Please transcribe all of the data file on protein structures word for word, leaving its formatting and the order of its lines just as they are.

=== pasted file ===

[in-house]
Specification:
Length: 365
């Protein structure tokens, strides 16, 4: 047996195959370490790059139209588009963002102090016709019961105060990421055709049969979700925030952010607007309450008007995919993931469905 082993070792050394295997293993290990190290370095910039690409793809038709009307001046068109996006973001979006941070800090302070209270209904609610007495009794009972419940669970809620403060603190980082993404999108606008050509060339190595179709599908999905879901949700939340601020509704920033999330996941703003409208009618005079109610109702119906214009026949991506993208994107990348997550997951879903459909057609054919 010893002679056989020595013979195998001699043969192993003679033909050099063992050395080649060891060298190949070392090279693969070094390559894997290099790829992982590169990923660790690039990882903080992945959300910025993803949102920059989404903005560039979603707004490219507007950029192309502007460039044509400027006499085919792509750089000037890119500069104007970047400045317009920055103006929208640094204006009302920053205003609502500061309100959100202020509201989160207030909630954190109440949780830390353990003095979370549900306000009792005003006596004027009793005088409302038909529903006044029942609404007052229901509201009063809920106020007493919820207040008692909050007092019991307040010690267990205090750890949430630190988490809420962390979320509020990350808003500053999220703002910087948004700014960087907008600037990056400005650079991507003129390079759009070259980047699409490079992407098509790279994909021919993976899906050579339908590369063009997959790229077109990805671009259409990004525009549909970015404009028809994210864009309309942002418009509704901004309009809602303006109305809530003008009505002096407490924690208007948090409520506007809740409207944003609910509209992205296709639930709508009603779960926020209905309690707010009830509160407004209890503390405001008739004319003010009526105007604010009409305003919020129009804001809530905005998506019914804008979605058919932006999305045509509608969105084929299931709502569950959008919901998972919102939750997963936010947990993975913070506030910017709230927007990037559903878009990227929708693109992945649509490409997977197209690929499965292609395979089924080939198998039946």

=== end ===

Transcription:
[in-house]
Specification:
Length: 365
């Protein structure tokens, strides 16, 4: 047996195959370490790059139209588009963002102090016709019961105060990421055709049969979700925030952010607007309450008007995919993931469905 082993070792050394295997293993290990190290370095910039690409793809038709009307001046068109996006973001979006941070800090302070209270209904609610007495009794009972419940669970809620403060603190980082993404999108606008050509060339190595179709599908999905879901949700939340601020509704920033999330996941703003409208009618005079109610109702119906214009026949991506993208994107990348997550997951879903459909057609054919 010893002679056989020595013979195998001699043969192993003679033909050099063992050395080649060891060298190949070392090279693969070094390559894997290099790829992982590169990923660790690039990882903080992945959300910025993803949102920059989404903005560039979603707004490219507007950029192309502007460039044509400027006499085919792509750089000037890119500069104007970047400045317009920055103006929208640094204006009302920053205003609502500061309100959100202020509201989160207030909630954190109440949780830390353990003095979370549900306000009792005003006596004027009793005088409302038909529903006044029942609404007052229901509201009063809920106020007493919820207040008692909050007092019991307040010690267990205090750890949430630190988490809420962390979320509020990350808003500053999220703002910087948004700014960087907008600037990056400005650079991507003129390079759009070259980047699409490079992407098509790279994909021919993976899906050579339908590369063009997959790229077109990805671009259409990004525009549909970015404009028809994210864009309309942002418009509704901004309009809602303006109305809530003008009505002096407490924690208007948090409520506007809740409207944003609910509209992205296709639930709508009603779960926020209905309690707010009830509160407004209890503390405001008739004319003010009526105007604010009409305003919020129009804001809530905005998506019914804008979605058919932006999305045509509608969105084929299931709502569950959008919901998972919102939750997963936010947990993975913070506030910017709230927007990037559903878009990227929708693109992945649509490409997977197209690929499965292609395979089924080939198998039946």